Israeli doctors are given conflicting advice on treating hunger strikersBMJ 2013; 346 doi: http://dx.doi.org/10.1136/bmj.f1400 (Published 01 March 2013) Cite this as: BMJ 2013;346:f1400
Israel’s health ministry and the association that represents the country’s doctors have issued contradictory statements on whether prisoners who go on hunger strike should be hospitalised by force.
The ethics bureau of the Israel Medical Association declared that people who have been arrested or imprisoned and are holding a hunger strike—and able to voice their preferences—should not be hospitalised against their will. It also said that hunger strikers should not be tied up as a routine matter or forced to receive medical treatment against their will if they understood the implications of refusing care.
The position paper was signed by the head of the ethics bureau, Avinoam Reches, and the association’s chairman, Leonid Eidelman. It was issued in response to a statement by Israel’s health ministry that it would allow forced treatment of prisoners who were on hunger strike.
The head of the ministry’s general medicine division, Michael Dor, issued a new regulation allowing the authorities “in unusual cases” to force hunger strikers to receive medical care against their will after the 28th day of their refusal to eat solid foods. Dor, who sent the regulation to directors of all Israeli hospitals, said that even those fasting for less than 28 days may be hospitalised if a hunger strike endangered their lives.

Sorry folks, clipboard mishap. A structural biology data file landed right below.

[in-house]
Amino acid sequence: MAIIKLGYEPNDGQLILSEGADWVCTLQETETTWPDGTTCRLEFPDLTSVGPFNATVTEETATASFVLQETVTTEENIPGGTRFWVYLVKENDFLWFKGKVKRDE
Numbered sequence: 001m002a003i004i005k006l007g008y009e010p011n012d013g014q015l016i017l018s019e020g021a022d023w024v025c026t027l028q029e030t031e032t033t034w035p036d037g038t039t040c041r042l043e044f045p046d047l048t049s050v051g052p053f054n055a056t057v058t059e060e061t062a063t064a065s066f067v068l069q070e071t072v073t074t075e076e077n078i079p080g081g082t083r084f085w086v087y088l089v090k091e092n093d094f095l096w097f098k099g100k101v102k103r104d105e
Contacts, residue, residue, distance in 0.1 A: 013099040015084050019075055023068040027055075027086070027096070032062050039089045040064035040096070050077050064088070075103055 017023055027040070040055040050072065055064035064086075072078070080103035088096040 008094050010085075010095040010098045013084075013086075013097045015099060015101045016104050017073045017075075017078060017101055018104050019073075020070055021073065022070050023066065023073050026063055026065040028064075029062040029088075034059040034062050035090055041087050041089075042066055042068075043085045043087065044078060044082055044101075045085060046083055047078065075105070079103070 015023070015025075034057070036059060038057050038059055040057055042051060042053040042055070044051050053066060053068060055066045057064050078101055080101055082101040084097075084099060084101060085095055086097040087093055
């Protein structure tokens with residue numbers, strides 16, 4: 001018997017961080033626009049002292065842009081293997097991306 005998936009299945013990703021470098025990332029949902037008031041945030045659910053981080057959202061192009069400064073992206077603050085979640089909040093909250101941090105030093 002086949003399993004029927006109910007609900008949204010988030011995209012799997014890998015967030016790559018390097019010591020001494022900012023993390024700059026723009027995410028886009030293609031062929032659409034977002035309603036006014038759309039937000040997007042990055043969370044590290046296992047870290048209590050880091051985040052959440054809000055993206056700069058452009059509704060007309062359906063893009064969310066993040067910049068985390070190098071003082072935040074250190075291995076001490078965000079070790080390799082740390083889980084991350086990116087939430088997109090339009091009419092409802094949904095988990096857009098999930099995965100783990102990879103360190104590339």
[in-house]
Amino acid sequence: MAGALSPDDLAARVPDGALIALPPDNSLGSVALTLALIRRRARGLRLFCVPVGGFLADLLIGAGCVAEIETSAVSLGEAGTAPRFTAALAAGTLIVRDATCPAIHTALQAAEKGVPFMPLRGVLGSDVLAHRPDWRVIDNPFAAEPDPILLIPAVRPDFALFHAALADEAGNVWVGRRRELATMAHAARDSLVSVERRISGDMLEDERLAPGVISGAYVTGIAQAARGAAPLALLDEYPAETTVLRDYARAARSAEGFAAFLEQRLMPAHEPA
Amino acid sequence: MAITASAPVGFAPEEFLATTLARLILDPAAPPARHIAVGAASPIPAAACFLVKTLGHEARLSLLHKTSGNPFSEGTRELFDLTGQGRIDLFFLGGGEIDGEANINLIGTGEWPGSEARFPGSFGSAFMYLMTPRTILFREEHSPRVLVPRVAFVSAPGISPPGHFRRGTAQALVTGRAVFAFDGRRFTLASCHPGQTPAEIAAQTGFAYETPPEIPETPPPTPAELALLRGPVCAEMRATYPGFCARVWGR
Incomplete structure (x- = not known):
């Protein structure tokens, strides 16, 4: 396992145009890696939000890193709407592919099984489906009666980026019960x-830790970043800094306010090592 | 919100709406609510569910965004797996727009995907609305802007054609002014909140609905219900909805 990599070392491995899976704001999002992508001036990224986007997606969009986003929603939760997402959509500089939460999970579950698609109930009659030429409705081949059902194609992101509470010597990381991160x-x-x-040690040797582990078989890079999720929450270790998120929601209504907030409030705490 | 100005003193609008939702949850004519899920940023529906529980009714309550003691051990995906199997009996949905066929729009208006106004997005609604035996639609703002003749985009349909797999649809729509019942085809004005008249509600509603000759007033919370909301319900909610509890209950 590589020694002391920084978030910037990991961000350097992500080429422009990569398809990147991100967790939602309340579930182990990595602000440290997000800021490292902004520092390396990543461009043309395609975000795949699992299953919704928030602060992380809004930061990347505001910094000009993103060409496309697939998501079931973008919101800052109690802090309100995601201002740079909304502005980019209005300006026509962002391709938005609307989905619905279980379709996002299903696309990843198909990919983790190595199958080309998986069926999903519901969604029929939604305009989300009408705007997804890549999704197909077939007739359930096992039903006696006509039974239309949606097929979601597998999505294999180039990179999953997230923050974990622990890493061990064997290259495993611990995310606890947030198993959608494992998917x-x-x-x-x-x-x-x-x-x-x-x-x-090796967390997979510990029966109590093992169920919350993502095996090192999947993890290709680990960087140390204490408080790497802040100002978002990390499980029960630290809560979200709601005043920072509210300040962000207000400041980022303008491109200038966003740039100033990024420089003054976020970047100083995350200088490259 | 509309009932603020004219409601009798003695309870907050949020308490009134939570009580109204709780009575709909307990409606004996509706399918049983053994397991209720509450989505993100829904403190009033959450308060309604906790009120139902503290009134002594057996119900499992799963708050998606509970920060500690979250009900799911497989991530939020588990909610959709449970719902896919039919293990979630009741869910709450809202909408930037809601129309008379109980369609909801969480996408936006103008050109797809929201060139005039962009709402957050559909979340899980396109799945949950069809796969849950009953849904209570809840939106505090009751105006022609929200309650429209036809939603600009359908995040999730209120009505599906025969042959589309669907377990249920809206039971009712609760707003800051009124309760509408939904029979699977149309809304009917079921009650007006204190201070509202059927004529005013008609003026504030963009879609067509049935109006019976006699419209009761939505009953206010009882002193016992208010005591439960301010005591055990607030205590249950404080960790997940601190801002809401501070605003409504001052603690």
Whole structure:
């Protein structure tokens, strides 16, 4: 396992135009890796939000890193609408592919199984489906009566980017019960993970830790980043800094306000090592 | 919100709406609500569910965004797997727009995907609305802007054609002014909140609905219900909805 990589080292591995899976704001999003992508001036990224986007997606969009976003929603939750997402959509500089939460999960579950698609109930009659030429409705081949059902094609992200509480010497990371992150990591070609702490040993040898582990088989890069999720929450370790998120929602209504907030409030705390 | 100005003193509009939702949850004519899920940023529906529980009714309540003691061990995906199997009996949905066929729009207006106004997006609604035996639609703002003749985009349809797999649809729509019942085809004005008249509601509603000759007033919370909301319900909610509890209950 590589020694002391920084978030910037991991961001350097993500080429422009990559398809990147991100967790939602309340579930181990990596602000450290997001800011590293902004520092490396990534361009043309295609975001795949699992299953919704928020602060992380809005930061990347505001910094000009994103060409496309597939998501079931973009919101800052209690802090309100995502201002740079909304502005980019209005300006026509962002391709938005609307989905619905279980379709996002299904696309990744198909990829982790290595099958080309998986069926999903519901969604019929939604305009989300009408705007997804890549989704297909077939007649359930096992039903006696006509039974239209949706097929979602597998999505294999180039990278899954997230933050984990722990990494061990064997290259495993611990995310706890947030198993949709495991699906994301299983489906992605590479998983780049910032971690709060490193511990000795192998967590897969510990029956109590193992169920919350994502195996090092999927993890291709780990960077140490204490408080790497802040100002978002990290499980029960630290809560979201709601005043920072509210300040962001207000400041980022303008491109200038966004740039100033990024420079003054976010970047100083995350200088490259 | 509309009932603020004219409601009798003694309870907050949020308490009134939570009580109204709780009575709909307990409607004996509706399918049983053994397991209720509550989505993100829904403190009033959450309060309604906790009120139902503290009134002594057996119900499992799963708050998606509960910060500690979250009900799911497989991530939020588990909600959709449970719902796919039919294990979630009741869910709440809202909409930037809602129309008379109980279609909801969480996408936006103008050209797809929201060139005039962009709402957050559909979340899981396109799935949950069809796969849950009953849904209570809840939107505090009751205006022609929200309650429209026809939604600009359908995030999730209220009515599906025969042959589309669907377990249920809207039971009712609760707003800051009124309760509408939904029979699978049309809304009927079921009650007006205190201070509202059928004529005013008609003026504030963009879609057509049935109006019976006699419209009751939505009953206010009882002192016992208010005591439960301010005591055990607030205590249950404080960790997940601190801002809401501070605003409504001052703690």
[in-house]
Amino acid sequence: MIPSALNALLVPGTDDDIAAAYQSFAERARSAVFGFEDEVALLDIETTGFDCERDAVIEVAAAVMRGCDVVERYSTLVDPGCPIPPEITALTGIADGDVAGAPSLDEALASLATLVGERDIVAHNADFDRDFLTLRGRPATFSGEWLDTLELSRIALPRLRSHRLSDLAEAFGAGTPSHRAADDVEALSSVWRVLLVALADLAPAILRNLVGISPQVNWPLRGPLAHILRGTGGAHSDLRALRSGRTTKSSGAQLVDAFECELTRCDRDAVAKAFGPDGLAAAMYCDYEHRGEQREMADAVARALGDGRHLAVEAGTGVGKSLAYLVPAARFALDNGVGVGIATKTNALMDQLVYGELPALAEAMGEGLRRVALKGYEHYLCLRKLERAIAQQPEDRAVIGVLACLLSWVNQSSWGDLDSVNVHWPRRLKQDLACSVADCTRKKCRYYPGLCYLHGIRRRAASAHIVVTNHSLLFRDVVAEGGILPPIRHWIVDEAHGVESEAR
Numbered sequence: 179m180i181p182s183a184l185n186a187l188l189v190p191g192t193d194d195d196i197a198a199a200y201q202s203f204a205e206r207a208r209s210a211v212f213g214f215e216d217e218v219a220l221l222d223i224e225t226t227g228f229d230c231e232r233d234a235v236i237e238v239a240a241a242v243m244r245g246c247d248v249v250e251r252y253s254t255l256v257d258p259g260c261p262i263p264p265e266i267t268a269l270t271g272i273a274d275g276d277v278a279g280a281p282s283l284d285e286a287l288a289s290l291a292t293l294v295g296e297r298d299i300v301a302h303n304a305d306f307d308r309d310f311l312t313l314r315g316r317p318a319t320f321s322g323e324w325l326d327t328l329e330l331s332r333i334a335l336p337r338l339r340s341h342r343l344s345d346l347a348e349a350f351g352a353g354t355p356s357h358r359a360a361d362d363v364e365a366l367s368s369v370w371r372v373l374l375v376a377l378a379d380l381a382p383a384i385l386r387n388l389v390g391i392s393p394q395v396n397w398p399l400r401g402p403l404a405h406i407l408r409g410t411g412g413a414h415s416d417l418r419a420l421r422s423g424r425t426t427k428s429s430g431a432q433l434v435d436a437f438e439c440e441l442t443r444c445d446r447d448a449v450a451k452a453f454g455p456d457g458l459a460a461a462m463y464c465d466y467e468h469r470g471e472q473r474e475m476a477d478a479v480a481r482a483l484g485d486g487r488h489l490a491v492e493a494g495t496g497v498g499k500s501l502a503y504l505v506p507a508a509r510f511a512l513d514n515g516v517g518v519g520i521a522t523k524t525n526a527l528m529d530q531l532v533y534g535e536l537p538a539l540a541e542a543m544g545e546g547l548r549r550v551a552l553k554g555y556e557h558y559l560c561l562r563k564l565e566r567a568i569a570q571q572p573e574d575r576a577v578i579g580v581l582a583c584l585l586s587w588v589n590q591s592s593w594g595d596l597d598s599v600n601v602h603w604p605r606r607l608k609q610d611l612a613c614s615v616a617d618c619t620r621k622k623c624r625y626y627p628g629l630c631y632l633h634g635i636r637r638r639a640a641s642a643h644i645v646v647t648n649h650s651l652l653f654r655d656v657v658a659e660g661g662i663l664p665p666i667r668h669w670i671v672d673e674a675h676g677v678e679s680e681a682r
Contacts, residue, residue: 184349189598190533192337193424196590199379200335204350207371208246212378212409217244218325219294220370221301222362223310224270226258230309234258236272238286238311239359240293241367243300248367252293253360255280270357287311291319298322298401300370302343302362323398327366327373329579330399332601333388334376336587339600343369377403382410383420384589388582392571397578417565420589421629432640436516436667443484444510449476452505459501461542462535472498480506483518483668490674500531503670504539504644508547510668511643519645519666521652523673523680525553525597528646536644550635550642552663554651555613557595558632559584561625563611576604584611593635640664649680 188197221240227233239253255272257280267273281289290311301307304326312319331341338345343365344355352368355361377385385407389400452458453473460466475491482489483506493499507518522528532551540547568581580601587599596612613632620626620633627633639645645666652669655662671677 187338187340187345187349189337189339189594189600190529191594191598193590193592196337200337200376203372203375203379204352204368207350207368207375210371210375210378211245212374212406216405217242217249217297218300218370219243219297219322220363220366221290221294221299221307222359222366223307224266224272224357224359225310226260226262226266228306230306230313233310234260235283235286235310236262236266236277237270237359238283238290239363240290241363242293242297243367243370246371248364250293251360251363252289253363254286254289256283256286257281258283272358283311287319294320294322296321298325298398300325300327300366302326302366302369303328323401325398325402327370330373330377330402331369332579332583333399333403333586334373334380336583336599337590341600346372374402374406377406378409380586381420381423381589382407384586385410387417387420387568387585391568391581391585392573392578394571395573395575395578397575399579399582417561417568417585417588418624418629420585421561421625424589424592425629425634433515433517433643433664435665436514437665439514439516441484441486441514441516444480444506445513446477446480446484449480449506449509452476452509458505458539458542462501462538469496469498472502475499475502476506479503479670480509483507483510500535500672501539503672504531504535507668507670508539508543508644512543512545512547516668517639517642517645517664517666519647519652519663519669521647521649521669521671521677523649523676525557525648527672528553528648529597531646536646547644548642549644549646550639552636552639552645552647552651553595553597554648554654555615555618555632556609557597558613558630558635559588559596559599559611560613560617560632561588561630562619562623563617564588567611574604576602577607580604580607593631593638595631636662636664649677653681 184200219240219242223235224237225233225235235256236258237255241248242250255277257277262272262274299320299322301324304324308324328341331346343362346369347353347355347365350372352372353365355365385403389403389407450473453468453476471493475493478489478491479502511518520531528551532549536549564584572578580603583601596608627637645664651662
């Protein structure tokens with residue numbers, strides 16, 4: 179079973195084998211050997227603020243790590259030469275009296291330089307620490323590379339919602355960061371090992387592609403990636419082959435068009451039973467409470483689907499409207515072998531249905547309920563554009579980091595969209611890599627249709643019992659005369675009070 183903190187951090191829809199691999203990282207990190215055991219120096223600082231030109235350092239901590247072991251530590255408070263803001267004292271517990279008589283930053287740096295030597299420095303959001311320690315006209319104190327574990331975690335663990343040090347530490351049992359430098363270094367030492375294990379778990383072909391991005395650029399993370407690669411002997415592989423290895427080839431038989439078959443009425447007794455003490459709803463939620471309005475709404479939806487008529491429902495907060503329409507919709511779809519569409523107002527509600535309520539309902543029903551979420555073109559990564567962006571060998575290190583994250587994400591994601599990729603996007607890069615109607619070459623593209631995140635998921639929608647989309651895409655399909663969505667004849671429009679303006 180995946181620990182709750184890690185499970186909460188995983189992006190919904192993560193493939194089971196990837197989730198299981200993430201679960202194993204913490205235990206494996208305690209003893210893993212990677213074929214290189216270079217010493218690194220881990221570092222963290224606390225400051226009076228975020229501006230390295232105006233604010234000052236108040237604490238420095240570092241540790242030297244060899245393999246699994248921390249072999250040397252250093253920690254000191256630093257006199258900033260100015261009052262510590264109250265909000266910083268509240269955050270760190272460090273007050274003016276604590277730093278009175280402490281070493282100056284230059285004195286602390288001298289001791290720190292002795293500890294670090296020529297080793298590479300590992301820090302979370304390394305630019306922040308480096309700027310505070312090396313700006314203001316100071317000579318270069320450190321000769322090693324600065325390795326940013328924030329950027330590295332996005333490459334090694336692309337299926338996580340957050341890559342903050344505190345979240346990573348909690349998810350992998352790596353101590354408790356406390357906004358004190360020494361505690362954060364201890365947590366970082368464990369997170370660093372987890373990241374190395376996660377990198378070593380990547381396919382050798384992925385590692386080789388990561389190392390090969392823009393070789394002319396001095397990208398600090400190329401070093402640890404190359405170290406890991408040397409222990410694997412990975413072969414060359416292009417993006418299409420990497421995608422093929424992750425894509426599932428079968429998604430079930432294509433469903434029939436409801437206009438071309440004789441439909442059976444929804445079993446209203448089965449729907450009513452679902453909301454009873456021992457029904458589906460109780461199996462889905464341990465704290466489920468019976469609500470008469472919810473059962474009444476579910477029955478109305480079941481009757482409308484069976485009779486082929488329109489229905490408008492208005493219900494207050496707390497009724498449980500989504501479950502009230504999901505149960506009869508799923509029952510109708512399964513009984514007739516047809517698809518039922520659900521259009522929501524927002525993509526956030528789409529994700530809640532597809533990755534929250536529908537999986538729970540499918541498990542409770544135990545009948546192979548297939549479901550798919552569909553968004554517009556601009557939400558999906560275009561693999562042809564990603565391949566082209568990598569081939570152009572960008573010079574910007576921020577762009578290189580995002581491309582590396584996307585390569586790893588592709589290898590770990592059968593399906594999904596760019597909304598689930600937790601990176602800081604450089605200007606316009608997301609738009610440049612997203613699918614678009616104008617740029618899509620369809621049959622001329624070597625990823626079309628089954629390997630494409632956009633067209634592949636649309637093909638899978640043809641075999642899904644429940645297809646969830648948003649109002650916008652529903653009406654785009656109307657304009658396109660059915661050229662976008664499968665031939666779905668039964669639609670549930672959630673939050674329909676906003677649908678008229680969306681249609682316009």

In February Arafat Jaradat, a 30 year old Palestinian accused of injuring an Israeli by throwing a rock at him, was arrested and held at Megiddo Prison near Haifa. A few days later he was found dead in his cell. The Israeli authorities said that he seemed to have died of cardiac arrest, but Palestinians maintained that he had been “tortured.” The case triggered a few days of rioting by Palestinians in the West Bank, and a number of prisoners went on hunger strike, which they ended a few days later.
The Israeli authorities scheduled an autopsy by the country’s leading pathologist, with a leading Palestinian pathologist and the head of the health ministry’s medical branch as observers. In a preliminary report the health ministry said that Jaradat’s body showed signs of physical trauma “caused by unsuccessful resuscitation efforts” but that the cause of death could not be determined until laboratory tests were completed. Israel’s public security minister said that he was considering the possibility of adding foreign observers to the investigation of the prisoner’s death, which he insisted was not the result of torture.
Dozens of doctors work for the Israel Prison Service, but the health ministry said that at this stage it was not contemplating the possibility of forcing them to treat hunger strikers who did not want treatment.
Cite this as: BMJ 2013;346:f1400